Another object is to use a "piston" grounded spark in conjunction with a rotor of a rotary or Wankel engine preferably modified at the rotor TDC site to provide optimized spark ignition characteristics with timing advance and load setting.
Another object is to use a ceramic insulating layer at the edge of the combustion chamber in conjunction with the piston grounded spark such that the region of maximum current is shifted from the piston-cylinder interface to a metallic wall containing the ceramic insert.
Another object is to limit EM interference (EMI) and deliver the secondary capacitive energy to the spark by interposing an inductor in the secondary side of the coil to reduce the capacitive spark oscillation frequency generated by the coil output capacitance and the King lead capacitance to in between 2 and 20 MHz, and including magnetic absorbing material in the king lead to absorb EMI generated above 20 MHz produced at the instant of breakdown of the distributor rotor tip and the spark gaps.
Another object is to place some of the interposing secondary inductance in the insulating cavity of the capacitive plugs isolated from the plug capacitor itself such that the secondary non-plug capacitive energy is controllably delivered to the spark, especially the spark plug cable capacitive energy which would normally radiate, and to further insure that all the plug capacitive energy is delivered to the spark because of the large impedence in the non-spark plug tip direction.
Another object is to provide maximum plug capacitance and minimal EM resistance in the capacitive plug by either electroless plating the ceramic surfaces of the capacitive portion of the plug with high electrical conductivity material, e.g. silver, or gluing high conductivity foil to the surfaces so that plug roundness is not necessary for providing high capacitance, and very low resistive losses are thus also simultaneously provided.
Another object is to provide a spark plug tip and orientation such that under most operating conditions the spark forms both to the shell of the plug and to a side if a sidewall exists, and to the piston face during one spark plug firing.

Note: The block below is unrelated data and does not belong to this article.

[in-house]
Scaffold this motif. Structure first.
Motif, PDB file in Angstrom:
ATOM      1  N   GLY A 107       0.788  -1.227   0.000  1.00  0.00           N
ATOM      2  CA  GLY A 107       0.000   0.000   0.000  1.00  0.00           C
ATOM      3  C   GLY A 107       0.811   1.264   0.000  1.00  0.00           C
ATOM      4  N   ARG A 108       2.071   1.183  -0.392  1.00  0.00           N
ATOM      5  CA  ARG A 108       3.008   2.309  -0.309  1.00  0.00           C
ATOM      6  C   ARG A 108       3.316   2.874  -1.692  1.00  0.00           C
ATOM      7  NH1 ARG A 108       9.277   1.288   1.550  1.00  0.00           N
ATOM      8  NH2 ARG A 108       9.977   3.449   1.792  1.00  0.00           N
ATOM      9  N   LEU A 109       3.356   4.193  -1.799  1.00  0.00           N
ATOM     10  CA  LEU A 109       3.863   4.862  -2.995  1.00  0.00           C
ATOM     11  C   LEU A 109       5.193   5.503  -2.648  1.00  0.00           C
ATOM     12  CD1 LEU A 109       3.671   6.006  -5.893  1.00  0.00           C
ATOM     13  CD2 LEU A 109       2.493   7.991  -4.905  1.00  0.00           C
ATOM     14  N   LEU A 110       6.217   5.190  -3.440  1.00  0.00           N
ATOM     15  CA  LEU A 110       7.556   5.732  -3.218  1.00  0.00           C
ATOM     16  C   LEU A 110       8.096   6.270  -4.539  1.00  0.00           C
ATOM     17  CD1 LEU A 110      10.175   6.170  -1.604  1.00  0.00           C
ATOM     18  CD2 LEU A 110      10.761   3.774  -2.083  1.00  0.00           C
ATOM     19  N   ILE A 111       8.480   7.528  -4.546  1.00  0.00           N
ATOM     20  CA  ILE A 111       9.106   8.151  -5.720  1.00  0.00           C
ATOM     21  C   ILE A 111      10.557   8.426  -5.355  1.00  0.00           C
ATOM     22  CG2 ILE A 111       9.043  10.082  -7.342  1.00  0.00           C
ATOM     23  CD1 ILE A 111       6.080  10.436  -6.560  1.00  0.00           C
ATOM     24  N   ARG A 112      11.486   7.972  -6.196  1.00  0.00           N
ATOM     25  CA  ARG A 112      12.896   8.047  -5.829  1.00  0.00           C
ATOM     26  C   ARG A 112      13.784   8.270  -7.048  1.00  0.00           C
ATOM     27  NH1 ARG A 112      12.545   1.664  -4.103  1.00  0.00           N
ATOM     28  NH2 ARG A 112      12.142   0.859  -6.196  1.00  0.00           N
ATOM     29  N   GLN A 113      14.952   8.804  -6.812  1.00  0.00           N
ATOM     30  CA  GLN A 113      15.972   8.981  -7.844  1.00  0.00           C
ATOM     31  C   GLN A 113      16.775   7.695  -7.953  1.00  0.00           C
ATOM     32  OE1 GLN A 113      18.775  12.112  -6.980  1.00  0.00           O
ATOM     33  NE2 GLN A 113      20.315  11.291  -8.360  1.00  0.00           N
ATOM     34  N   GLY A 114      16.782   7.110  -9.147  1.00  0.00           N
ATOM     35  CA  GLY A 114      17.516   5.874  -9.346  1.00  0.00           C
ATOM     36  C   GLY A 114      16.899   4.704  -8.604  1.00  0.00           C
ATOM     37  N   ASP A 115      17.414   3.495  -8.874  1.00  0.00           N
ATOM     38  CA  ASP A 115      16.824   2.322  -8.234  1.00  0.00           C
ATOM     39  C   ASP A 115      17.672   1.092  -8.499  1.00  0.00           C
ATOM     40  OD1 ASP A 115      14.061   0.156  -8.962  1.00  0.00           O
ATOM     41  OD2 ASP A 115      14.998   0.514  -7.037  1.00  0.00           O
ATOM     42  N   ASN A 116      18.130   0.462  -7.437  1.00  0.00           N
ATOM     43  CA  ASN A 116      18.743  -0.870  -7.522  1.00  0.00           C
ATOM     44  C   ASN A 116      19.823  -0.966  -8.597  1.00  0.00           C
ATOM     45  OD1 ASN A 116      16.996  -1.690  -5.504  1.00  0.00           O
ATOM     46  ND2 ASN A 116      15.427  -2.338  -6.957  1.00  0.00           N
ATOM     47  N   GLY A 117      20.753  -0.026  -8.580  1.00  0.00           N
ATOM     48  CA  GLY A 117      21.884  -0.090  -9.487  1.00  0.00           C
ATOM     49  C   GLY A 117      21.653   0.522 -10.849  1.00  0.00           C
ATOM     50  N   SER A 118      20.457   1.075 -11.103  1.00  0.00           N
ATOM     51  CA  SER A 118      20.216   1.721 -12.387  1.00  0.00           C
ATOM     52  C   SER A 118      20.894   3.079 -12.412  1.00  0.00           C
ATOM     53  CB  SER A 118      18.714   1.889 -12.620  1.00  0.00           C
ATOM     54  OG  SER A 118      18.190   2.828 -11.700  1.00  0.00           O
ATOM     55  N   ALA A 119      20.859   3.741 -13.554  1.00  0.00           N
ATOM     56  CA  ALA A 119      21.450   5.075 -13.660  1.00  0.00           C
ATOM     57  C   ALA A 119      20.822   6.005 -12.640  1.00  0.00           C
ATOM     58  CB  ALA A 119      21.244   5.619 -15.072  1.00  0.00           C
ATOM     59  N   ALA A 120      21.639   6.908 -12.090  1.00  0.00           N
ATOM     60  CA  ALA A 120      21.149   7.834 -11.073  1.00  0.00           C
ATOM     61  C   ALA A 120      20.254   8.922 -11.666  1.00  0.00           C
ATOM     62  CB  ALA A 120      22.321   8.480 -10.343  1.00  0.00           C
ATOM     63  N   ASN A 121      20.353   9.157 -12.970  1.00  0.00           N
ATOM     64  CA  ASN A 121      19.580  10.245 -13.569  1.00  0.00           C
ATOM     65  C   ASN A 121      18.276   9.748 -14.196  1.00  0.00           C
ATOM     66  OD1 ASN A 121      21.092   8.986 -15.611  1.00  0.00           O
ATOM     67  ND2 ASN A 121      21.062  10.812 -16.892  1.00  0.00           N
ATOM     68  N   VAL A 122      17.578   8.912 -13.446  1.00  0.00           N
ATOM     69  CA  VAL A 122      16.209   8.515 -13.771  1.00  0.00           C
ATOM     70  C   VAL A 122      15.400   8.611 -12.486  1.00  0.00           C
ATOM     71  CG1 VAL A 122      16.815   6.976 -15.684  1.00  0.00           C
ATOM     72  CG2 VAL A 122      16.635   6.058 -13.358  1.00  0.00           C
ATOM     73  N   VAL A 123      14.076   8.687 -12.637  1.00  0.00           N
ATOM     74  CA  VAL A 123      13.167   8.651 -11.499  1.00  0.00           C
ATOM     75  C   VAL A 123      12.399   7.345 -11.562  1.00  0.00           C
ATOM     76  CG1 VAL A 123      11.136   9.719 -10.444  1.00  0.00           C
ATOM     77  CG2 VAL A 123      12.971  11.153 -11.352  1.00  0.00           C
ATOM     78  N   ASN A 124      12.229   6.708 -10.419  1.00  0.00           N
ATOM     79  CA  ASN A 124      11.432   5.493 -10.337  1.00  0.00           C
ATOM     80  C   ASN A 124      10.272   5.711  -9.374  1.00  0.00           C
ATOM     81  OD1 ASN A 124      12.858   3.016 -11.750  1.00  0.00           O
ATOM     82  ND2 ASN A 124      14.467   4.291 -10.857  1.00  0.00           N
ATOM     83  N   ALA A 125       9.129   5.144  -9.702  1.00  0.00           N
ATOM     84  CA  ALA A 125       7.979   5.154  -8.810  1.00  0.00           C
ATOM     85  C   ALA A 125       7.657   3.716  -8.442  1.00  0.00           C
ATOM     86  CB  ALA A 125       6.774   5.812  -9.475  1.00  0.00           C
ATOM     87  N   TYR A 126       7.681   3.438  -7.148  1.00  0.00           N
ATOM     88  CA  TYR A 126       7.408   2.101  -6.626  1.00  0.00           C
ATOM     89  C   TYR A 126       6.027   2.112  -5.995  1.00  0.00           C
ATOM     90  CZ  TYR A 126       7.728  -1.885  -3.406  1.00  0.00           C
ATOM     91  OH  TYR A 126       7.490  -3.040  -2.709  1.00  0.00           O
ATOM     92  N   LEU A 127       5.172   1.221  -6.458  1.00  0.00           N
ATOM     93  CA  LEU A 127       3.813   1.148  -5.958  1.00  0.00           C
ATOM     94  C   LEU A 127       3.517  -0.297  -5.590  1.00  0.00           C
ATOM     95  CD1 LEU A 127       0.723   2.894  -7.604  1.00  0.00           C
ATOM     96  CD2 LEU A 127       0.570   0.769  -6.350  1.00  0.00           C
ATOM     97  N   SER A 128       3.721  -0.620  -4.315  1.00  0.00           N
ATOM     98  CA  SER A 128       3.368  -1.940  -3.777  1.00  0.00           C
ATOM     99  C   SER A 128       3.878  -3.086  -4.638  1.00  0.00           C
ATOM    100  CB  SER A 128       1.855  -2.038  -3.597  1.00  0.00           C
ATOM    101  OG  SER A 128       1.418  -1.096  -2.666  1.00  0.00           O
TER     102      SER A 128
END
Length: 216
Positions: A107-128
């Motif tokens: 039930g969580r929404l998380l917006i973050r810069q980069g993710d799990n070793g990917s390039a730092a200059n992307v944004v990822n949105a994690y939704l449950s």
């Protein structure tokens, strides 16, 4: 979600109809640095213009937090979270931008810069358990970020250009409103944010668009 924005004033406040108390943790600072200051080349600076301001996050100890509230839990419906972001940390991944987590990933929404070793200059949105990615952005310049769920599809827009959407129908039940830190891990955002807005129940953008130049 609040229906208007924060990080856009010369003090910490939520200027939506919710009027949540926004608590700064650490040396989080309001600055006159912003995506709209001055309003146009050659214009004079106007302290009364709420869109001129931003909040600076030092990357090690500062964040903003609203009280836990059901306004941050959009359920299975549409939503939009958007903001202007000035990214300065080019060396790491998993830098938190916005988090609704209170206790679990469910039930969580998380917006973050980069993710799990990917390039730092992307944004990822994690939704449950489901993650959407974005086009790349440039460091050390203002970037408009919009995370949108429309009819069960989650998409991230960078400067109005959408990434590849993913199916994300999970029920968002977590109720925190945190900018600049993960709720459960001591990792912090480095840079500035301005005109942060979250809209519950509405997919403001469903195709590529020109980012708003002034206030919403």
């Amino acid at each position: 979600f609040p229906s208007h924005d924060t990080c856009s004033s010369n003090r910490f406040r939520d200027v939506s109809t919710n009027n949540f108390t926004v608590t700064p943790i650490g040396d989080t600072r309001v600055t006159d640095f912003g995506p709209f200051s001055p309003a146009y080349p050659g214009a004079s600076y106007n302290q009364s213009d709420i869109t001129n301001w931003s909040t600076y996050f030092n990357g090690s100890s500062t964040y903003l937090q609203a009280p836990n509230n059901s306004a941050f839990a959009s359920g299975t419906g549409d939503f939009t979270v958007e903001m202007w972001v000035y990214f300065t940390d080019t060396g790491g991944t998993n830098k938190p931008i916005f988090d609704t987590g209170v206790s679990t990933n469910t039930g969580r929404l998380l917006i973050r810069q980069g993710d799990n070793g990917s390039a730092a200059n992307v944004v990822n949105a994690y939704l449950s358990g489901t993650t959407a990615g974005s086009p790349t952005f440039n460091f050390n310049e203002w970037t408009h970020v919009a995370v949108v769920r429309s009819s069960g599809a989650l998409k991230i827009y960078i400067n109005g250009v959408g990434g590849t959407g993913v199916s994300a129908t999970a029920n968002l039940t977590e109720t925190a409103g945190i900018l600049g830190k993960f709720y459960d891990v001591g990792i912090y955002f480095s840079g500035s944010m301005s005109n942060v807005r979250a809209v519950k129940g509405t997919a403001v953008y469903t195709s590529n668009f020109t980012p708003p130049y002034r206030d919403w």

Another object is to limit EMI while providing the maximum practical capacitive spark by keeping the low sides of the ignition coil windings seperated, and making the low side of the secondary winding a part of the EMI shield.
Another object is to design the projecting plug (antenna) tip such that it couples high electric fields to the largest volume possible around the plug tip and for the longest duration, where the long duration is attained by insuring a long high voltage rise time (because of high output capacitance) and the high fields are attained by insuring a high value of breakdown voltage just prior to spark breakdown.
Another object is to design the sparking wave profile so that certain pulsing cycles following the initial spark are firing but "non-sparking" cycles and thus produce very high local electric fields within a large volume around the plug tip (a large "EM Control Volume") when used in conjunction with an antenna type projecting plug tip.
Another object is to generate upon spark firing a sequence of at least three seperate current waveforms delivering electrical power to the spark at the rates of the order of 100 Kilowatts, followed by 10 Kilowatts, followed by one Kilowatt at frequencies of the order of 100 MHz, 10 MHz, and 10 KHz respectively, where the "order of" in this context means between 1/5 and 5 times the value quoted; said waveforms generated by sequential and controlled (by means of inductors) dumping of capacitive energy stored in the spark plug and/or spark plug wires, stored in the output capacitance of the coil and/or across the coil output, and stored in the capacitor of the preferably CDC circuit.
Another object is to use sufficiently high conductivity material in the various parts of the ignition circuit such that the 100, 10, and 1 Kilowatt energy delivery to the spark last for periods that fall at the minimum in the ranges of 0.1-1 usecs, 1-10 usecs, and 10-100 usecs respectively.
Another object is to provide series multiple spark firing sites on the piston face by providing electrically coductive islands insulated with ceramic from the piston face and forming series gaps gi of capacitance Cij between gaps, and island to piston capacitances Cgi such that the gap capacitances Cij are much less than capacitances of the islands to the piston body Cgi. Preferably the surfaces making up Cgi are plated with high electrical conductivity material such as silver.
Another object is to construct the piston (for providing multiple spark gaps) with a top part made of material with low thermal expansion coefficient e.g. iron or titanium, so that the ceramic coating (insulating the islands providing piston spark gaps) is thermally better matched to the base metal. Preferably a thin coating of high electrically conductive material, e.g. 0.001 to 0.01 inch silver plate is sandwiched between the ceramic and metallic surfaces.
Another object is to provide an inductor Ls in series with the secondary high voltage output to provide secondary voltage doubling when more than one spark gap is present. Criteria for the value of Ls and the ith spark gap to ground capacitance Cgi are given in terms of the "formative" spark time constant and voltage doubling factor so that an increased voltage is provided to fire the spark gaps following the initial plug tip gap.